H26_BAILEYfrances_20170504_fst

In remembrance of FRANCES, wife of JOHN BAILEY, who died Aug 14th 1870, aged 51 years.

‘Farewell dear son, do thou earth’s days employ

To fit thee for our Father’s home of joy

Sleep on dear Mother and take thy rest

God took thee when he thought it best.’

Also, WILLIAM HUNTER BAILEY, son of the above and the beloved husband of ELIZABETH, died 16th Sep. 1884 aged 34 years.

Find the three drowned fishermen on FamilySearch Tree: John Bailey, George Stephenson and John Major.

Today’s Image

I walked along the beach to Reighton this morning as a way of remembering the solar eclipse.

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OLYMPUS DIGITAL CAMERA

“Lord Help Me”

About ten weeks after his Christmas Day wedding, William JENKINSON sailed for the North Sea fishing ground aboard the yawl Jane and Elizabeth, skipper Bayes COWLING. Thirty miles from the coast the lines were cast from the yawl’s coble – and then a “sudden gale sprung up”. (All quotes are from a syndicated report that appeared in many local newspapers around the country.) Many other fishing boats ran for shelter but Captain Cowling, quite reasonably, chose to bring in his lines and their catch before heading for shore. Three of the crew, William Jenkinson, the skipper’s son Thomas Hunter Cowling and William SAYERS, brought in fourteen lines and then went out to haul the remaining seven.

…a fearful sudden sea rose and struck the coble, filling her with water. This caused her soon to upset, throwing the crew into the sea. Whilst they were struggling in the water, Cowling caught hold of a bowl and an oar, Jenkinson two bowls, and Sayers grabbed hold of the coble, which was bottom uppermost, and got upon it. Soon after he was joined by Jenkinson, but Cowling could not reach it. The Captain, who had seen this sad affair, at once ran the yawl towards the men, and whilst passing, Cowling seized hold of a “fender” which hung over the yawl’s side. One of the boys on board got hold of the hair of his head and held him up, whilst his father, the captain, seized a rope and life-belt, which he threw to the two on the coble. His son was then pulled in, and the yawl turned round to the rescue of [the] others, but on getting to the coble, Sayers alone was holding on nearly exhausted. A second sea had washed them off, but fortunately he had again got hold of the coble. Poor Jenkinson, on attempting to do so, fell backwards, exhausted, exclaiming, “Lord help me,” and was never seen again. Jenkinson was about 26 years of age, and has left a young widow, he having been married only three months.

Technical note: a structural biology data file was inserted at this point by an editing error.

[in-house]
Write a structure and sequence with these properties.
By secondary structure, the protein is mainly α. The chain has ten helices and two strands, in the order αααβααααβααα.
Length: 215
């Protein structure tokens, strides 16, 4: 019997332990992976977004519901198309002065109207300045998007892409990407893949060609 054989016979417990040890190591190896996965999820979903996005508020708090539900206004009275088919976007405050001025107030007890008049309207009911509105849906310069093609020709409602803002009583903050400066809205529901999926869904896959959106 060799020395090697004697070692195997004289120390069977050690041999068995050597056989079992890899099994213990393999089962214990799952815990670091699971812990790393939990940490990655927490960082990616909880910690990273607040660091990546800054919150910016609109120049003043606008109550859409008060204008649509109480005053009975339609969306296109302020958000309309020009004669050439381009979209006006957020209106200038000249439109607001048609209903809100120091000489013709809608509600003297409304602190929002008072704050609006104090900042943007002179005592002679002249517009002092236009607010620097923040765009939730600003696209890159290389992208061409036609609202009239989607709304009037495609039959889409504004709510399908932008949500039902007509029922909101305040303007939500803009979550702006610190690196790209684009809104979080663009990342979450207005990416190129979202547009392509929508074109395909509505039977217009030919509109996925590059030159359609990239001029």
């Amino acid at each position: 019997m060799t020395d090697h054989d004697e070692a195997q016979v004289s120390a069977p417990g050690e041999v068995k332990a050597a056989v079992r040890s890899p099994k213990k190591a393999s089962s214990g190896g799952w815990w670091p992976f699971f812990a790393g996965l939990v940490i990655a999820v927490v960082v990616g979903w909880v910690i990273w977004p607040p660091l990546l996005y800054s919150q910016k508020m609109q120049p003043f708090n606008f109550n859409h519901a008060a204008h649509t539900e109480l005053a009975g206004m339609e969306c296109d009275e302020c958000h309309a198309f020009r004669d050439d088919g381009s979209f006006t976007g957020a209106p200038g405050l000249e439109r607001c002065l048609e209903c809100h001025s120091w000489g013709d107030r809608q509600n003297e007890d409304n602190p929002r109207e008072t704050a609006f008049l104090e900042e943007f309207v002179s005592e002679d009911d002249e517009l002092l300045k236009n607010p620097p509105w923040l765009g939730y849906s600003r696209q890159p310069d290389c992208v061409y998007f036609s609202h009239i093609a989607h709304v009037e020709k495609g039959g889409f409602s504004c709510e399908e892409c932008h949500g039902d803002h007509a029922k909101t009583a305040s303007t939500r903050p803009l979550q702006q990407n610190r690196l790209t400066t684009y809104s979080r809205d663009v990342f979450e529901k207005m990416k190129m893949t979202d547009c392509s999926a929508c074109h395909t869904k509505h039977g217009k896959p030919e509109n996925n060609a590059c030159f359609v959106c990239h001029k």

There may be an official record of William’s death somewhere but, lacking his recovered body, there isn’t a civil registration. He isn’t remembered on a stone in the churchyard and he wasn’t with Jane long enough to leave a genetic inheritance.

Jane gave birth to a daughter about four years later, father unknown, and eight years after William’s death she married again and had five children with Thomas JOHNSON.

With the only evidence of his passing being a brief, if widely disseminated, news item, it isn’t too surprising that he has not yet been accurately represented on the FamilySearch Tree.

As I write this, Ann CAPPLEMAN is still William’s wife on FST. One of the blue hints by his name on the pedigree leads to his rightful marriage to Jane CAPPLEMAN. (The women are first cousins, their common ancestors being Thomas CAPPLEMAN and the Jane WEBSTER of Sunday’s post.)

1866_JENKINSON&CAPPLEMAN_marr
England Marriages 1538-1973; page image via Find My Past

Jane and Elizabeth

There are several fishing vessels with this name in Captain Smith’s database but none are yawls. There is a yawl called Jane Elizabeth, built in Scarborough in 1867 and registered SH70. The date of first ownership is annoyingly given as“7???” in my digitization of the Captain’s handwritten pages. However, the owners are “Thomas Hunter COWLING & Bayes COWLING, fishermen of Filey & Robert CAMMISH, grocer of Filey”. In Filey Genealogy & Connections, Robert has just the one child, with Jane ELDERS, baptised Jane Elizabeth in August 1861. You can find her on FST. A case, perhaps, of coincidence challenging a possible recording, transcription or digitization error!